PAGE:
For those of you out of the loop, the Barn is the retired squash court next to the Sprout Garden. Its only resemblance to a legitimate barn is its fading red paint job. Ever since its conversion into a space for music, the Barn has been home to MOBROC, short for Musicians Organized for Band Rights on Campus, which uses the space to provide bands with a practice spot and a concert venue. Last semester, after Campus Safety shut down a Barn show for exceeding capacity and underage drinking, the Office of Student Engagement decided to temporarily close the Barn as a performance venue, leaving its future in ambiguity. In an effort to prevent this from repeating, the College now employs a bouncer who is stationed at the door for every Barn show. According to Jermaine Doris ’19, who attended the meeting at which the Barn’s new regulations were determined, the bouncer’s purpose is to ensure that the Barn’s capacity does not exceed 35 people, its maximum as determined by the New London Fire Marshal.
Despite the Barn’s new regulations and troubled past, we do not intend to judge or antagonize those on any side of Barn debates. Rather, we aim to express the Barn’s importance as an institution in the Connecticut College community.
The Barn gives interested musical students two incredibly valuable resources: a space for practice and a venue for performance. Joining a band or practicing with musicians is a struggle in itself, and having the proper gear or space to jam is often impossible. The school administration not only donated the space but has outfitted it as a creative hub for musicians. From the amps, drum set, and ancient piano in the corner to the ubiquitous graffiti on the walls engraved with the names of bands, beginners, and graduates scrawled high across their surfaces, the Barn’s ambiance fosters collaborative artistic creation and provides a living reflection of the rich legacy of student creative expression at the College. This gift cannot be understated, as the wealth of music and culture the Barn offers is made possible by the Barn’s very existence.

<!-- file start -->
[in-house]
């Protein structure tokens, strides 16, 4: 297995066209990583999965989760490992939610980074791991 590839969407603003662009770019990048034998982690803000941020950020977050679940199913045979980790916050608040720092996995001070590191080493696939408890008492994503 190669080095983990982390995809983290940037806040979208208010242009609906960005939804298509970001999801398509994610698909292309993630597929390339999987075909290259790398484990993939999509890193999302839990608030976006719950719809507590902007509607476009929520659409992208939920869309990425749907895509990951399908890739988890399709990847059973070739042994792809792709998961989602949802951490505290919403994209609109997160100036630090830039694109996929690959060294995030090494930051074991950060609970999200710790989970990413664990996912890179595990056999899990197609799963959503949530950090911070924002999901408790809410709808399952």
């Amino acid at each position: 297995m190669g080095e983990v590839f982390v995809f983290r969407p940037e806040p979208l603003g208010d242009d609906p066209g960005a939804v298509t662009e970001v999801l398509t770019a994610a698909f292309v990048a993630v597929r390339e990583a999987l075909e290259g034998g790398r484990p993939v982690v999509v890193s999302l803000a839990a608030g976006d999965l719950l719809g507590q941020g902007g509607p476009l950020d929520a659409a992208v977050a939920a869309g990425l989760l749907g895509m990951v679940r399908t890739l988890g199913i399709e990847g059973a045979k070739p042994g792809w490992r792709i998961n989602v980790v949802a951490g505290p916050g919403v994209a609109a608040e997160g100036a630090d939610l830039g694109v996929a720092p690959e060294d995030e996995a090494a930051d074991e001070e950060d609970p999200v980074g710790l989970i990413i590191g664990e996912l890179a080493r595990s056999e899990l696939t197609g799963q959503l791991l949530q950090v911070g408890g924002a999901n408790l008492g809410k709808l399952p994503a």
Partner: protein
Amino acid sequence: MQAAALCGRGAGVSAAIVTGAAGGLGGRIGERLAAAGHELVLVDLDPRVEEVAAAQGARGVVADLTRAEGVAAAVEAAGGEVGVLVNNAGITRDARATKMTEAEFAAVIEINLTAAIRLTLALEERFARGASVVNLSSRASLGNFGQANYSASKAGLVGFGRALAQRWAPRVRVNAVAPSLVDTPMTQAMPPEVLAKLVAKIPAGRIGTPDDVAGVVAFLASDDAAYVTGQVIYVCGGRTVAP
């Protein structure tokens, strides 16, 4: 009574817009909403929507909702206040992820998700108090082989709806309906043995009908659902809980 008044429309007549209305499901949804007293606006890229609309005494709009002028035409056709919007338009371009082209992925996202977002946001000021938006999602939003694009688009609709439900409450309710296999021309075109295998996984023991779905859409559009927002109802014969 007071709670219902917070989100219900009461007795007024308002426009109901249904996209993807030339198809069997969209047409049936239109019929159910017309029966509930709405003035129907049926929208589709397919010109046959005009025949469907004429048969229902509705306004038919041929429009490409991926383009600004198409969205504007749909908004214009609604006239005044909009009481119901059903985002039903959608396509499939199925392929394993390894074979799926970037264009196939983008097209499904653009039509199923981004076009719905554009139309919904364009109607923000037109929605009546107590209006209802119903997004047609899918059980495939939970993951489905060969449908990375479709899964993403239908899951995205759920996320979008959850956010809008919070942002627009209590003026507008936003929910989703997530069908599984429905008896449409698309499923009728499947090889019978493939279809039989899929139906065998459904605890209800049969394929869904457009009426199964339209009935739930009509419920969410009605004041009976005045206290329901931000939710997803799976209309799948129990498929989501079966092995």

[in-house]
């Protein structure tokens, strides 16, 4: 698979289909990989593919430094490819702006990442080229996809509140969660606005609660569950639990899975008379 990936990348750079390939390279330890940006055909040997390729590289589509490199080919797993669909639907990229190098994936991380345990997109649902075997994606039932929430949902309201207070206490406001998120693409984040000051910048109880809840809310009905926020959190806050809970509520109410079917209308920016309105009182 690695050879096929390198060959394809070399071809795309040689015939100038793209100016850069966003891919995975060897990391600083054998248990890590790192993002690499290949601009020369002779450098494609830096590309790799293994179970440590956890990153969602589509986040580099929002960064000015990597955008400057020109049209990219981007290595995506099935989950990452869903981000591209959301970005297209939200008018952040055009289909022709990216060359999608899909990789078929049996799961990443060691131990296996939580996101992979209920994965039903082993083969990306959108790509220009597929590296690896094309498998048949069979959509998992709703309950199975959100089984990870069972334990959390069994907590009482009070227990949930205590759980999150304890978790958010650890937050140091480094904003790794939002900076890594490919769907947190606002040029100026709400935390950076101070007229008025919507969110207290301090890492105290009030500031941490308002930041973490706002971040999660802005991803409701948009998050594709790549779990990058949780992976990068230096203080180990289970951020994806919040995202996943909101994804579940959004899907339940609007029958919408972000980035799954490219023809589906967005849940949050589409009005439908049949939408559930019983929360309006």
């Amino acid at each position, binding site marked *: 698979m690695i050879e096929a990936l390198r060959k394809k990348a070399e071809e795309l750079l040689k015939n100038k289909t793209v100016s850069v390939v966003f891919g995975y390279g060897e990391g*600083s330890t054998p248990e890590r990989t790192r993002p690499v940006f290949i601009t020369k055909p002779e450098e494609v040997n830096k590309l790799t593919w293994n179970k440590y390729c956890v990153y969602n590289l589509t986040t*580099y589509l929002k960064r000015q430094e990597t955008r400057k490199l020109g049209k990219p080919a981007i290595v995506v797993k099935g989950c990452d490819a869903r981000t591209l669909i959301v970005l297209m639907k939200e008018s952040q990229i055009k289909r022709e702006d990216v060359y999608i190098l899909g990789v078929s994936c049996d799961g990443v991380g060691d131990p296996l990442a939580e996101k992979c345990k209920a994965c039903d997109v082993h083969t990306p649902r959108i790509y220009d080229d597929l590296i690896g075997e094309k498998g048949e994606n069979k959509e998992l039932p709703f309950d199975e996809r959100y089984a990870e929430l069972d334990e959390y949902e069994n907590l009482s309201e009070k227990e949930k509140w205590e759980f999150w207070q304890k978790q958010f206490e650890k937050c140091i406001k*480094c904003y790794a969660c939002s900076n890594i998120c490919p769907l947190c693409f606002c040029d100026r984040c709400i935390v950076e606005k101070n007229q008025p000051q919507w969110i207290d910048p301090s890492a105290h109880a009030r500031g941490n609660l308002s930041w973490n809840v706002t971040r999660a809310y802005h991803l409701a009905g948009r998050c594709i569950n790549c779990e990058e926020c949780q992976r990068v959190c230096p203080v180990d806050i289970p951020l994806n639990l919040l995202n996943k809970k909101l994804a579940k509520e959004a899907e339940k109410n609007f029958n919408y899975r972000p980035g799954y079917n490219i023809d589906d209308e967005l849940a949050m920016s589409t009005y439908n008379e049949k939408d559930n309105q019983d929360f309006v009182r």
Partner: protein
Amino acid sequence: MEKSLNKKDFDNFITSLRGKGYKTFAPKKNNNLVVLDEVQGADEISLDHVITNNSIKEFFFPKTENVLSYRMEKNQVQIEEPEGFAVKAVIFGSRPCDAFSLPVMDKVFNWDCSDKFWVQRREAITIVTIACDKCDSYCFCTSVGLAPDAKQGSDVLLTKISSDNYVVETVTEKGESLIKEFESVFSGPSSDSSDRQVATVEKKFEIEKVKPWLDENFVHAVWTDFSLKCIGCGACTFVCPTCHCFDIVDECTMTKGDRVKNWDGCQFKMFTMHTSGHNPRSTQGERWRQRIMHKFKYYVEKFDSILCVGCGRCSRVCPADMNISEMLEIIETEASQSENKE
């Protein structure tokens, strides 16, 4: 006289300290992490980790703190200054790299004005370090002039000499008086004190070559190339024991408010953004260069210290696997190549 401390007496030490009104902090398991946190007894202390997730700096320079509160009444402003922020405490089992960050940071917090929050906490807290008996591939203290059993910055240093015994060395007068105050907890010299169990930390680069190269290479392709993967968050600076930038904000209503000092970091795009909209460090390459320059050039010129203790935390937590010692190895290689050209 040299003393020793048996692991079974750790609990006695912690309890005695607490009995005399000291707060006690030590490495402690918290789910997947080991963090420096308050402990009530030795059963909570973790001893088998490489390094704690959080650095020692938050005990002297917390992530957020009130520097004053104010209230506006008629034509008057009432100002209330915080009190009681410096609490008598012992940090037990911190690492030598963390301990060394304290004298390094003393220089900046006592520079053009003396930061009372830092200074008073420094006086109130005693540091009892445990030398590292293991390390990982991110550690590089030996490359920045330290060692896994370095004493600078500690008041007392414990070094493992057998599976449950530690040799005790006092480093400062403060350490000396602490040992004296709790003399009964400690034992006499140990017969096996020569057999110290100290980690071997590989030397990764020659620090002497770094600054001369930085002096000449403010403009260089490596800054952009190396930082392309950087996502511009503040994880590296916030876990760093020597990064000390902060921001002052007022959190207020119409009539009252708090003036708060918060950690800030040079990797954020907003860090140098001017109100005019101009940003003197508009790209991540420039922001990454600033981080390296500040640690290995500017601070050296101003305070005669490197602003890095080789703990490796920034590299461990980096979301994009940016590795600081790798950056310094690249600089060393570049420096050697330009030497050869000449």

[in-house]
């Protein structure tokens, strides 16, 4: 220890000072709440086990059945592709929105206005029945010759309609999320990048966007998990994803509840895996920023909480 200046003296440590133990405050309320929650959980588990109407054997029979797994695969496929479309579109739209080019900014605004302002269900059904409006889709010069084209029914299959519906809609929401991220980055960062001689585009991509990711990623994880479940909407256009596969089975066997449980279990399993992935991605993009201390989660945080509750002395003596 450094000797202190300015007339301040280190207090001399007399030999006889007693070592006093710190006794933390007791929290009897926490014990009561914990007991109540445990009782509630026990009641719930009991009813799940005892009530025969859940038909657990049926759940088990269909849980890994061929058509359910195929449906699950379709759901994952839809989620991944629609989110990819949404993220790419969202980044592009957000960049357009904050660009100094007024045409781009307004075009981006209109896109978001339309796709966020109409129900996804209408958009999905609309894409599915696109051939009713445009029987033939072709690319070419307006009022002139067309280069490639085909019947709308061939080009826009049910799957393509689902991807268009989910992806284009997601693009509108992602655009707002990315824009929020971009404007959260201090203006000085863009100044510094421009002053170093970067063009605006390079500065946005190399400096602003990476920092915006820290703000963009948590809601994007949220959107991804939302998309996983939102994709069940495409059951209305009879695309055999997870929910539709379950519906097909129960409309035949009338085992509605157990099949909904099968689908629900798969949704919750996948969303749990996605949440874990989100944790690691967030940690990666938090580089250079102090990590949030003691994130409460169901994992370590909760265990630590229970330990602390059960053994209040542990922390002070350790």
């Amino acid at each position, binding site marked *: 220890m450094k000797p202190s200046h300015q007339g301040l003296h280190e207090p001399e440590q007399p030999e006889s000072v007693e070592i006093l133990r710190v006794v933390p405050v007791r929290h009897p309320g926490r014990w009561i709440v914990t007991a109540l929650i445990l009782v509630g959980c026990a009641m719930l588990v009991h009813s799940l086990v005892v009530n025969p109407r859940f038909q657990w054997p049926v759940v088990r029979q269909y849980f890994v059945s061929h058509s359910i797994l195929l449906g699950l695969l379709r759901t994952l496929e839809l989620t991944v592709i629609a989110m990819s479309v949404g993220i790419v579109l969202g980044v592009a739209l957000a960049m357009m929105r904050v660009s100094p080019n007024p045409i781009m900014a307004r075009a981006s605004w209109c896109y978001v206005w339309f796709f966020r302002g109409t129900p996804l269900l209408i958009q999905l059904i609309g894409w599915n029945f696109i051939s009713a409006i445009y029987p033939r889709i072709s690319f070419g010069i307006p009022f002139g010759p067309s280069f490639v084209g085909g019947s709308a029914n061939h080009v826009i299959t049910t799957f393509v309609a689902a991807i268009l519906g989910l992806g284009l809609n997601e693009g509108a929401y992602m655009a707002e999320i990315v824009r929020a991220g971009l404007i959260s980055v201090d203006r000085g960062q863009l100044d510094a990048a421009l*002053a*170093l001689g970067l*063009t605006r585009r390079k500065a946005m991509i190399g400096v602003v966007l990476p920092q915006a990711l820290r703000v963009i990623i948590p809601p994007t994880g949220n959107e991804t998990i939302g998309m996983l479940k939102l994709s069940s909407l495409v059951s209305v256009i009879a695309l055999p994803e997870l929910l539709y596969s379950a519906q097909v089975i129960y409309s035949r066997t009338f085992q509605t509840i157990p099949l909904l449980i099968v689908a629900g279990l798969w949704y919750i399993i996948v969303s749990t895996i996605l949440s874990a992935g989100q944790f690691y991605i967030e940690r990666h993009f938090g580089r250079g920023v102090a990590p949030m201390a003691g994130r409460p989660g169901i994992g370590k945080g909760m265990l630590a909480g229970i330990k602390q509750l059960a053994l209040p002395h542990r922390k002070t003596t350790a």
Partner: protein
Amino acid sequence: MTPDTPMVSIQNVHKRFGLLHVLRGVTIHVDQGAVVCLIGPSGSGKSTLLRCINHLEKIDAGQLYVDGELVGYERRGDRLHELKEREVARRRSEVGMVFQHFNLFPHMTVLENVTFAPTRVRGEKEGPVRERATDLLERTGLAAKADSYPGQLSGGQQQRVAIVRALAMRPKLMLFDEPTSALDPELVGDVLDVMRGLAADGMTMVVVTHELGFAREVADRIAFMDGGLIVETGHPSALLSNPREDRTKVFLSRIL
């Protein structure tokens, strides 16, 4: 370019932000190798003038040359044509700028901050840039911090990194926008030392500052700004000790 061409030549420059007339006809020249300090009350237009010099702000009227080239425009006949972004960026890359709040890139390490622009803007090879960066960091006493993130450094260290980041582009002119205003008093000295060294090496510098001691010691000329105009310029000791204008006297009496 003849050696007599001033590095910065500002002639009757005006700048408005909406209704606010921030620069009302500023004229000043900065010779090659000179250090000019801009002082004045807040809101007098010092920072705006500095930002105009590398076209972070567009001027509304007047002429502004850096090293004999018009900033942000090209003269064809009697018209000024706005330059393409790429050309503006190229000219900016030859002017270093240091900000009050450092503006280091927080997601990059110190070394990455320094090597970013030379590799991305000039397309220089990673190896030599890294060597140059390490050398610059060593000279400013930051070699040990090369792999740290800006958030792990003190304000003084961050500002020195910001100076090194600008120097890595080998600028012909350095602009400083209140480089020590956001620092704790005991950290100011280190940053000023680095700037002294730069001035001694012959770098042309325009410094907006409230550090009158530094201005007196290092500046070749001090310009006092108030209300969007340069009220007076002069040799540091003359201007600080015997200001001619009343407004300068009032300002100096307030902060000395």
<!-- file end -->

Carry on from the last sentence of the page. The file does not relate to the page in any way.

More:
Casual jams and focused rehearsals are only half of what most bands aim to accomplish. Bands are formed to be listened to and enjoyed by their audiences. Here again, the Barn has been vital. There are traditionally few places where students here at Connecticut College have the opportunity to play outside of the official music program. The Barn allows for bands and other interested students to perform. In years past, the venue has provided a space for acoustic sets, DJ’s, and bands of all genres for the Conn student body. In times when more and more students are venturing to the bar scene to find their kicks, Barn shows have offered a sharp rebuttal to the growing idea that a good time could only be found outside of main campus.
Yet, last year the Office of Student Engagement closed the Barn as a performance venue, citing concern over fire code violations. This decision shut down opportunities for bands, some of which had not yet performed at the Barn, to be heard and damaged the live music tradition at Conn at large. Which begs the question: why kill the vibe, my humble Camels? As we have stressed in this essay, live music is a communal activity that requires musicians and an audience. This fact is not lost on the administration; our very own head of school, President Bergeron, dedicated her academic career to the study of music, understanding the value in this specific medium of art.
There is real musical talent at Connecticut College. We have a chance to make a name for the school and an opportunity to keep Conn’s traditions alive. Yet, the Barn needs the support of students and the administration alike to survive this semester. It is now open again as a practice space and concert venue, but is still very much under the administration’s microscope. Students: support the scene, come to live shows, start a band, or draw something rad on the barn. It is only through your continued interest in live music that we will be heard. And dear administration, if the Barn is not large enough a venue to support the crowds the college bands are attracting, where can we play? At the end of the day, all we want to do is be heard.